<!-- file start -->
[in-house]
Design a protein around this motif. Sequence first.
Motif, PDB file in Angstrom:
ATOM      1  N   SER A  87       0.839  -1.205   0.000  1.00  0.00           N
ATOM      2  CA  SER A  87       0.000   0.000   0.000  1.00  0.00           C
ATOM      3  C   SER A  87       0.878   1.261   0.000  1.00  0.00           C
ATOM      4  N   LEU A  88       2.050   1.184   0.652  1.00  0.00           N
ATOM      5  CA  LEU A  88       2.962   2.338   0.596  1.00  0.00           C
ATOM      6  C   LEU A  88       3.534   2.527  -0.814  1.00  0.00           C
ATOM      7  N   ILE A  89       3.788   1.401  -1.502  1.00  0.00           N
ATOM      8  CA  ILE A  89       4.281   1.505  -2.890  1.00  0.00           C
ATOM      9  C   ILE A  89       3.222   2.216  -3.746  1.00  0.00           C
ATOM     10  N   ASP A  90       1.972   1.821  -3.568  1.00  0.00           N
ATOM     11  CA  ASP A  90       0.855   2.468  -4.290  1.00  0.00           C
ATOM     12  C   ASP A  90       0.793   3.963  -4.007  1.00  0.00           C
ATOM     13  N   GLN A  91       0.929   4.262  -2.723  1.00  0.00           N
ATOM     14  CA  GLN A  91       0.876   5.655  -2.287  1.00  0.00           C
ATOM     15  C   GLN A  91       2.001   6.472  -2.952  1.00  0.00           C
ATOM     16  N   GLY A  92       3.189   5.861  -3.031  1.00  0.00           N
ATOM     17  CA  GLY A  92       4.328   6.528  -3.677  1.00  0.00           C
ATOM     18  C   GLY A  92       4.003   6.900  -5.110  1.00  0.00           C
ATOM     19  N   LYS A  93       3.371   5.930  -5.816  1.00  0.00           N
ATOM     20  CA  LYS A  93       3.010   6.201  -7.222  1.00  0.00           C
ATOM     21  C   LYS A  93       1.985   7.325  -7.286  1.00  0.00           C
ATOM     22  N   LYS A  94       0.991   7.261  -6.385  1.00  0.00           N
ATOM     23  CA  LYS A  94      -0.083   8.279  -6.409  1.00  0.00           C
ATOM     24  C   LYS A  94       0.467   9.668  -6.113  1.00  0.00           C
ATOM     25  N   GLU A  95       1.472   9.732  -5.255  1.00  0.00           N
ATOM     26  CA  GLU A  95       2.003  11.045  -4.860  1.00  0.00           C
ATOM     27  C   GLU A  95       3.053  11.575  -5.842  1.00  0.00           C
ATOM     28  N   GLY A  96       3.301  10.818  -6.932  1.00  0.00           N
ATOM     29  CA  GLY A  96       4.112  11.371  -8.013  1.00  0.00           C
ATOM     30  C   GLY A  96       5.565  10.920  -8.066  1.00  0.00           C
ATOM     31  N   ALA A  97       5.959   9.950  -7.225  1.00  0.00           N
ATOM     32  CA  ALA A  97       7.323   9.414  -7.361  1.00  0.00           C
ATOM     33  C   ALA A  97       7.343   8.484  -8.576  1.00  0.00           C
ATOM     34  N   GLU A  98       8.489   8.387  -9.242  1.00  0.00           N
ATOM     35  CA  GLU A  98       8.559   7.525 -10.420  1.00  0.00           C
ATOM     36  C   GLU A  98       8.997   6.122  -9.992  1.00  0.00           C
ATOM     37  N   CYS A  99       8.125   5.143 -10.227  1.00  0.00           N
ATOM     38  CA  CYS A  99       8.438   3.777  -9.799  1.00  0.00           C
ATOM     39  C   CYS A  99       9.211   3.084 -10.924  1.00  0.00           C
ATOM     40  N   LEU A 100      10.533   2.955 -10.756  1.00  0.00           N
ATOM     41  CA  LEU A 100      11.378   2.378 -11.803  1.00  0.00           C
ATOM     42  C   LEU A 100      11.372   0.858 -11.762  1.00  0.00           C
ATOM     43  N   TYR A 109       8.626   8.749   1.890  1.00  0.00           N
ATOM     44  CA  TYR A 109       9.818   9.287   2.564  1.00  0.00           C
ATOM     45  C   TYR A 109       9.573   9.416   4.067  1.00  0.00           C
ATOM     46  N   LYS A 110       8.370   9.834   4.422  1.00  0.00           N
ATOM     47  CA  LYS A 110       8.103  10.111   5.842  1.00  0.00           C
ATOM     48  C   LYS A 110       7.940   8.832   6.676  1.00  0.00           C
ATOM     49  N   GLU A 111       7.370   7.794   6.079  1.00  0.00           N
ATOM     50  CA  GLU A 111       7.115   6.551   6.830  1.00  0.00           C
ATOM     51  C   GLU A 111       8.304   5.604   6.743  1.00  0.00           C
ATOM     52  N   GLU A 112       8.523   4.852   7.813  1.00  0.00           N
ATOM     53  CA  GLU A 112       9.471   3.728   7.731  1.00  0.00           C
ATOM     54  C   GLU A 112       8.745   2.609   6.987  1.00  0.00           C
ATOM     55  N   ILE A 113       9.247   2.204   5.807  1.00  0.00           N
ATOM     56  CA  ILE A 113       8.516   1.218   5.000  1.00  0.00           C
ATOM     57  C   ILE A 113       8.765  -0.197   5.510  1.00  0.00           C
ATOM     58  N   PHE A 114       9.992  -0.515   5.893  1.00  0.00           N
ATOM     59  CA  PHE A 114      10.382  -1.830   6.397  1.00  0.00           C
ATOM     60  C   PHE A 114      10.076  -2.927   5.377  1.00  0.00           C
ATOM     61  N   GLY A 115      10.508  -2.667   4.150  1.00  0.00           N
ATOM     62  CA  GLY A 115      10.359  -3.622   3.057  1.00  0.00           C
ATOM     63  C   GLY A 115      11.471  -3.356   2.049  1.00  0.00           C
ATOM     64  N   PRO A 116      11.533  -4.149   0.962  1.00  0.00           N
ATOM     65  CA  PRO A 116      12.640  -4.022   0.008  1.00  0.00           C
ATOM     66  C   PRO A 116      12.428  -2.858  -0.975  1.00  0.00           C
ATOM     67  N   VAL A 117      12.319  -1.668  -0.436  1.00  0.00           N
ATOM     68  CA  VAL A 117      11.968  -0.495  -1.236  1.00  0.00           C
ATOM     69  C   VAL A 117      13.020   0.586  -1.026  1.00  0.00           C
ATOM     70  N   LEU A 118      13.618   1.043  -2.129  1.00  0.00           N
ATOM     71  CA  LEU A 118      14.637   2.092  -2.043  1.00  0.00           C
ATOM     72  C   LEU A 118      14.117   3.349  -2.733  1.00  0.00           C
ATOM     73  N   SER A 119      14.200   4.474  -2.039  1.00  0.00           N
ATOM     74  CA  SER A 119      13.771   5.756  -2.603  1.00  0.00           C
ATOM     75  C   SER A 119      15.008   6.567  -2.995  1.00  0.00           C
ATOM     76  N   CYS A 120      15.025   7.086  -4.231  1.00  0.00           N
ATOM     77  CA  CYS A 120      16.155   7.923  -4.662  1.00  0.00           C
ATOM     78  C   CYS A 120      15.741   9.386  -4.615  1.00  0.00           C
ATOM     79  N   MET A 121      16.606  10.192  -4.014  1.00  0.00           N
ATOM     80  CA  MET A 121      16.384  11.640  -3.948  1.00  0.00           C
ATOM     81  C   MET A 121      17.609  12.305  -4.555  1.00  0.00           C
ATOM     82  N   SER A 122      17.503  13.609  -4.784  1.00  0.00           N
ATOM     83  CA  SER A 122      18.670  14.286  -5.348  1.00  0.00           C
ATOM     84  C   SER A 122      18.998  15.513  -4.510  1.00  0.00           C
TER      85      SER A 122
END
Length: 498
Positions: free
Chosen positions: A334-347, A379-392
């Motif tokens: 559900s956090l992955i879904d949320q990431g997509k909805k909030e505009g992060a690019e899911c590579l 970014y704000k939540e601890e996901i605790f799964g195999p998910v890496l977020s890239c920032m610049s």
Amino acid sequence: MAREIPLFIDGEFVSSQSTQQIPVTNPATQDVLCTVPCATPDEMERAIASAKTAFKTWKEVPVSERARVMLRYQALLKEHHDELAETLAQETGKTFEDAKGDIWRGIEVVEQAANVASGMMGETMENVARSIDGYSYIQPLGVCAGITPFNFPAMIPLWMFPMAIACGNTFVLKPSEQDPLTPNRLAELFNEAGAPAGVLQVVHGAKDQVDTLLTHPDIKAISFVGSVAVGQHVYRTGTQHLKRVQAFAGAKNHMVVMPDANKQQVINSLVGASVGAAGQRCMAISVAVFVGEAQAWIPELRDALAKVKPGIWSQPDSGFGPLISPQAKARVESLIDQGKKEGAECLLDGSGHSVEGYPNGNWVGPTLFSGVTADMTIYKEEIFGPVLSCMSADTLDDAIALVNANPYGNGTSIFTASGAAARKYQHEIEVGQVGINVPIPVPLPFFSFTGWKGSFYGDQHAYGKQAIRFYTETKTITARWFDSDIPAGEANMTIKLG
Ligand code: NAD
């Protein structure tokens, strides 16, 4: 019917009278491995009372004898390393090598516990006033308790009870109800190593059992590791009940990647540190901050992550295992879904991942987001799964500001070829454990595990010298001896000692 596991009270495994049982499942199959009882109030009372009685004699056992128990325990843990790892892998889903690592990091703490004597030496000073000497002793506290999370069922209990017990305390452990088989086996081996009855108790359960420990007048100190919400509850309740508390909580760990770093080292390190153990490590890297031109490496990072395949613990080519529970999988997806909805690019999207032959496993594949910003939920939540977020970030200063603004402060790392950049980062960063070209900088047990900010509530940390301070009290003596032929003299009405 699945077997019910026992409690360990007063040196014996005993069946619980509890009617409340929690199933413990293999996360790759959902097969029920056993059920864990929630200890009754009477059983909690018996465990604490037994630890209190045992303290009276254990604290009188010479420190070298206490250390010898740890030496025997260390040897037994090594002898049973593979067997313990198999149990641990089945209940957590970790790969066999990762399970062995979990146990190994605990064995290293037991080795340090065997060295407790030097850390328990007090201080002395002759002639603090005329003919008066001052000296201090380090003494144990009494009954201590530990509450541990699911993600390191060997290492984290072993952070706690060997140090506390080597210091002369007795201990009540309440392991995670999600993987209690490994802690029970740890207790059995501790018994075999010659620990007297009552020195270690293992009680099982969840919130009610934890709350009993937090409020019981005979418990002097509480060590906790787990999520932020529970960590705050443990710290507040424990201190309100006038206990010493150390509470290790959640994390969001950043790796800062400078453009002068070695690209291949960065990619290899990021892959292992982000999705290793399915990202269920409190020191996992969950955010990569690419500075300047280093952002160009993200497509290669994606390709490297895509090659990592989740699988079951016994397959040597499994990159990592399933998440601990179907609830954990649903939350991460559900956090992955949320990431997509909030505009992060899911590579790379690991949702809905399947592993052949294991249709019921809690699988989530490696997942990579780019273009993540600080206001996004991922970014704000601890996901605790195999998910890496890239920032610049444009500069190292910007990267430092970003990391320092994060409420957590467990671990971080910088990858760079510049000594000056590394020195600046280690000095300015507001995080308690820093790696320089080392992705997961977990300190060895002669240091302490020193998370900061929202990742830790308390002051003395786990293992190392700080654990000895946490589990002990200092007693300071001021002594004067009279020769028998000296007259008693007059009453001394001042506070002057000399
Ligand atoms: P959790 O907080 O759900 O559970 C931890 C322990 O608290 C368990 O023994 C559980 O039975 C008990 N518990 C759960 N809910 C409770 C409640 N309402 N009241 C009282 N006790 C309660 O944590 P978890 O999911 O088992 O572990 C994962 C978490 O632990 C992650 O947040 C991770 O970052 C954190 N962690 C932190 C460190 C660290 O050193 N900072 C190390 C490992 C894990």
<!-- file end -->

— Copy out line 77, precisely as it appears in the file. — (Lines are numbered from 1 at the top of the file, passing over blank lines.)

ATOM     74  CA  SER A 119      13.771   5.756  -2.603  1.00  0.00           C